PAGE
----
Khayelitsha inquiry a ‘wasted exercise’

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iol pic sa cw Fransman INDEPENDENT NEWSPAPERS ANC leader in the Western Cape Marius Fransman. File Photo: Neil Baynes

Cape Town - The ANC has criticised the Khayelitsha commission of inquiry, calling it a wasted exercise which stated “the obvious”.

While welcoming the report for enriching debate and highlighting necessary interventions in strengthening the fight against crime, ANC leader Marius Fransman said the millions spent was not worth it.

Speaking at a media briefing in Cape Town, Fransman pointed out critical flaws, including the fact that most of the evidence heard came from academics and experts rather than the community itself.

“A total of R15 million-plus is not justified in terms of the outcomes. There were 107 people who gave evidence of which only 21 police personnel were interviewed. There were 25 experts, mostly academics and almost all white, with very little understanding of the Khayelitsha community.”

And he questioned why the terms of reference did not touch on the metro police who are responsible for enforcing by-laws in the area.


Fransman said it was clear the commission had tried to move away from the real issues of poverty, inequality and underdevelopment.

ANC secretary-general Songezo Mjongile also raised concerns about the limited scope of the commission which made it impossible to deal holistically with the burden of crime in communities.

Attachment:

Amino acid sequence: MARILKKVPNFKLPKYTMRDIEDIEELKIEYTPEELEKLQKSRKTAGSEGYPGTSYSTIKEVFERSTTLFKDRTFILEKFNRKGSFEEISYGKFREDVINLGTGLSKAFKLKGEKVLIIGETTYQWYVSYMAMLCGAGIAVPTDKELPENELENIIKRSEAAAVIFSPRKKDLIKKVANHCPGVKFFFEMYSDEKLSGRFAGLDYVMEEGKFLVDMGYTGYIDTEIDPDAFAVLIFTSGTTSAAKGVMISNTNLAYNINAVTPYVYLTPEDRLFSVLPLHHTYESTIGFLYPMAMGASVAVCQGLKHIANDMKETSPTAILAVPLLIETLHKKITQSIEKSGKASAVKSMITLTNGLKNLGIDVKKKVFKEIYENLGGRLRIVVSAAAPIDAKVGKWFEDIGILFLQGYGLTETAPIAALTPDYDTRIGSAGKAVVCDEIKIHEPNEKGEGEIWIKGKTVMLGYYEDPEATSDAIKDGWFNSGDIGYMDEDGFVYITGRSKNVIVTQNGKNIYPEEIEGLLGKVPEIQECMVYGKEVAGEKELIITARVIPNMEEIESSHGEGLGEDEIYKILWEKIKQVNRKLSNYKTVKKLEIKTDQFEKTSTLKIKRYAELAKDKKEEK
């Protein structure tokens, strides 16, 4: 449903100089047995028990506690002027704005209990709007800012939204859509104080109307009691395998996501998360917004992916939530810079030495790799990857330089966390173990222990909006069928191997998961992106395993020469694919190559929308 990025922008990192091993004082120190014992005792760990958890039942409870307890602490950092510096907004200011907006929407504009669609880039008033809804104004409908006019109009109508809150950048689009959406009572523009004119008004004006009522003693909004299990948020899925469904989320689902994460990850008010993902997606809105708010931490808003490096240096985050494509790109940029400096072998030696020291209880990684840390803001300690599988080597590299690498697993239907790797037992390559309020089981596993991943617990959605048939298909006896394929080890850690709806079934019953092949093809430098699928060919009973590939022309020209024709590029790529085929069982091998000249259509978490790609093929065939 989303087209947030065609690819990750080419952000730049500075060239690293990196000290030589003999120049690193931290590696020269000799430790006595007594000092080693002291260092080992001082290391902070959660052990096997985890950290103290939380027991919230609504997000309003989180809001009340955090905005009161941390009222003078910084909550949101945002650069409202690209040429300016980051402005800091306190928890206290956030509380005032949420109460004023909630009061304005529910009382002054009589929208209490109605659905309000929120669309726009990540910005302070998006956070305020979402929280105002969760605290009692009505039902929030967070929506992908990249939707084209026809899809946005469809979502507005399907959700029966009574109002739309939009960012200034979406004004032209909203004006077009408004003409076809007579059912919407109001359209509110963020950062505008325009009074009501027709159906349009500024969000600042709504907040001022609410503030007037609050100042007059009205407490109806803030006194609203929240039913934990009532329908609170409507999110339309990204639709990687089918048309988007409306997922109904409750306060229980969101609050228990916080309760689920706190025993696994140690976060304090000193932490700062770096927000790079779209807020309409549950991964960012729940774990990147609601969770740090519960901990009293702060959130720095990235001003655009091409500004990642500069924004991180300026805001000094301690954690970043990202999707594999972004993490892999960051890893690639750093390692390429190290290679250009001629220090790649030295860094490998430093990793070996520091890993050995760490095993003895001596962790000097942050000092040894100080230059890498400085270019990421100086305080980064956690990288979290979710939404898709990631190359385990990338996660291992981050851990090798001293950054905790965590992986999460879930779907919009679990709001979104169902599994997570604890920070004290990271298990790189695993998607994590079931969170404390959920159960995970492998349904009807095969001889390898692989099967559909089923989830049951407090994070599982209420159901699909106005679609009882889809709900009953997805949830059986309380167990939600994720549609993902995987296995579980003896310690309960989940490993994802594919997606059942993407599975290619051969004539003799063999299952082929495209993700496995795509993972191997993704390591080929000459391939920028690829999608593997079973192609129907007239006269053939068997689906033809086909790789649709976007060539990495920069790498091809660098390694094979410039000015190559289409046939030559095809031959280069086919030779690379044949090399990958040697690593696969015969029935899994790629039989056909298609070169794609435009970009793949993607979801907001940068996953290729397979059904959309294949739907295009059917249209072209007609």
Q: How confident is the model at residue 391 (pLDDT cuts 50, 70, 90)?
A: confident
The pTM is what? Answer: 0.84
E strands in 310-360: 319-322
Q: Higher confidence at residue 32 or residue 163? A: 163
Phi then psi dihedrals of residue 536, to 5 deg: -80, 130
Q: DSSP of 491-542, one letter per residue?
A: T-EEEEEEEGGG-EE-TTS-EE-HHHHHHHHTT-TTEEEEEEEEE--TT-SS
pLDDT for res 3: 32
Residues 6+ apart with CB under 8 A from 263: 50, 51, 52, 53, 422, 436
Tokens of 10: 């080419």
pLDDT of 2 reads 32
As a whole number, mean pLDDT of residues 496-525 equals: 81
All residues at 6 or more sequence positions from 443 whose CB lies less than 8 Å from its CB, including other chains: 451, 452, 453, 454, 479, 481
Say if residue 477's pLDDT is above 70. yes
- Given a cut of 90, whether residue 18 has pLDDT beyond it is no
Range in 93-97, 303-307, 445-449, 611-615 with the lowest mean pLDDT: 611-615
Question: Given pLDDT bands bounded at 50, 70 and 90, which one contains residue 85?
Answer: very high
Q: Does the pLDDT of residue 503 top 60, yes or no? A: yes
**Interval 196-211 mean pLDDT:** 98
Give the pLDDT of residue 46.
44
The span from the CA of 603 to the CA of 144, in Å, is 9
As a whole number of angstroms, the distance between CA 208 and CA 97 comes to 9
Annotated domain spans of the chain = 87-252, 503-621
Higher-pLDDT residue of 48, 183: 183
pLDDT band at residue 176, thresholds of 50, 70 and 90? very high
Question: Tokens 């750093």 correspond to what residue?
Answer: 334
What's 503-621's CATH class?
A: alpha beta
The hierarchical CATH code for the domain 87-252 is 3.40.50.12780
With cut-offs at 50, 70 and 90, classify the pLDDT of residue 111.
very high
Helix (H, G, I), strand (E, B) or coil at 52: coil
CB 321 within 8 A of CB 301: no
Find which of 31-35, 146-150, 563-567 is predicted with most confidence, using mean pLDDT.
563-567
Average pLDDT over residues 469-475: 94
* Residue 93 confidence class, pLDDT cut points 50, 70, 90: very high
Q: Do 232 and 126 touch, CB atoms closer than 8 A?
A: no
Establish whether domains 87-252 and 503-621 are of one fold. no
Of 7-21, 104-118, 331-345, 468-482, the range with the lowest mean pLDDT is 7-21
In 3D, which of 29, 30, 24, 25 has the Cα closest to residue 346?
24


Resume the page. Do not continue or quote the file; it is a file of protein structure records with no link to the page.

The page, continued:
“The insufficiency of the commission made it impossible to investigate the underlying causes, particularly the impact of the legacy of apartheid in our communities.”

The party on Thursday called for a provincial multi-stakeholder summit meeting of civil society, government, business, political parties and religious leaders to forge stronger partnership in the fight against crime.


Mjongile said the “us and them” attitude of the provincial government, coupled with competitive and reckless point scoring on socio-economic development in the province, was damaging.

Fransman said the commission’s resolutions and recommendations had to be judged on what was said by the community prior to the recommendations being made.


“The devil is not in the general recommendations that academics came forward with in terms of their testimony. The devil rests within the way community was consulted and the community participated.”

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Cape Argus

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